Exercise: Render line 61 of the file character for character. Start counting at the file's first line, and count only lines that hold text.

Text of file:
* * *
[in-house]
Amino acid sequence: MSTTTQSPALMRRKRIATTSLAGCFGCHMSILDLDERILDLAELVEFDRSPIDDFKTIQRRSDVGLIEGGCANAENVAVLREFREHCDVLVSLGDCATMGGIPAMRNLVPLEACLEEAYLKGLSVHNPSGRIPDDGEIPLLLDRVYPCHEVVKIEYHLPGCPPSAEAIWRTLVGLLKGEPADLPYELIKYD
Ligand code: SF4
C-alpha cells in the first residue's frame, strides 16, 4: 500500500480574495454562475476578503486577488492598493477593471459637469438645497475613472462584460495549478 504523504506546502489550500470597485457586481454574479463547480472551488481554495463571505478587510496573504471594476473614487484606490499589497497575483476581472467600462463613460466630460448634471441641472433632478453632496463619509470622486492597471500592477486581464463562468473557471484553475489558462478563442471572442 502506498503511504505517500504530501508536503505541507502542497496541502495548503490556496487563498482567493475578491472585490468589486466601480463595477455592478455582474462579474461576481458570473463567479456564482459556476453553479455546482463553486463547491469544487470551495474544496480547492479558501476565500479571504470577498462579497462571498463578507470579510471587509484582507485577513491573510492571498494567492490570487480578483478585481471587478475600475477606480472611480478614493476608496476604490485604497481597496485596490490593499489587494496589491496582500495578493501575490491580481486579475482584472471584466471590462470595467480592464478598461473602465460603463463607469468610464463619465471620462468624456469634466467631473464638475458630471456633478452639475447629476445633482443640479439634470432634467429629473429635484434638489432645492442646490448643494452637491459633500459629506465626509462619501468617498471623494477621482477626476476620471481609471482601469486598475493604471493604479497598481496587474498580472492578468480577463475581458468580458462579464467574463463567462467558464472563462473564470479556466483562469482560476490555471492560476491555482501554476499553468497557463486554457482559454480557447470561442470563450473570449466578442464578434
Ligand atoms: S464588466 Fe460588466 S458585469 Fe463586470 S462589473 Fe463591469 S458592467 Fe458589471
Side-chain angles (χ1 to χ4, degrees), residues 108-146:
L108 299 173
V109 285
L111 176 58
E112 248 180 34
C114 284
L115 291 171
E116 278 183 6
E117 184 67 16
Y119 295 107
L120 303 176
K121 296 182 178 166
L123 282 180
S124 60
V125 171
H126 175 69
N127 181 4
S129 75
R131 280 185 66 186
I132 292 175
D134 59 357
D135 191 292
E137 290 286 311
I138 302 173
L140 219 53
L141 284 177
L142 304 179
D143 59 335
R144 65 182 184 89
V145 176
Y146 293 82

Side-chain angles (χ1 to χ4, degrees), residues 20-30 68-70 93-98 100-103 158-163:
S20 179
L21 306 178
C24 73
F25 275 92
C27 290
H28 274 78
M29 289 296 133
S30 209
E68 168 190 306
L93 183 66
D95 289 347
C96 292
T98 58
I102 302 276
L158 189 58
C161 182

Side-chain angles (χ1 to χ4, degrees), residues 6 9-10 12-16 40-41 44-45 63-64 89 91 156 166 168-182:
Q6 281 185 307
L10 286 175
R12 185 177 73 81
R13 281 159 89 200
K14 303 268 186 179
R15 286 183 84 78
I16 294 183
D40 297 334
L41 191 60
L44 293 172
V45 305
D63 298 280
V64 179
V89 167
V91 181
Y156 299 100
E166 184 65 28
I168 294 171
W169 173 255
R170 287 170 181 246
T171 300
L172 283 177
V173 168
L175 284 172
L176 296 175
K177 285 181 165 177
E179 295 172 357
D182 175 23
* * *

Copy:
I16 294 183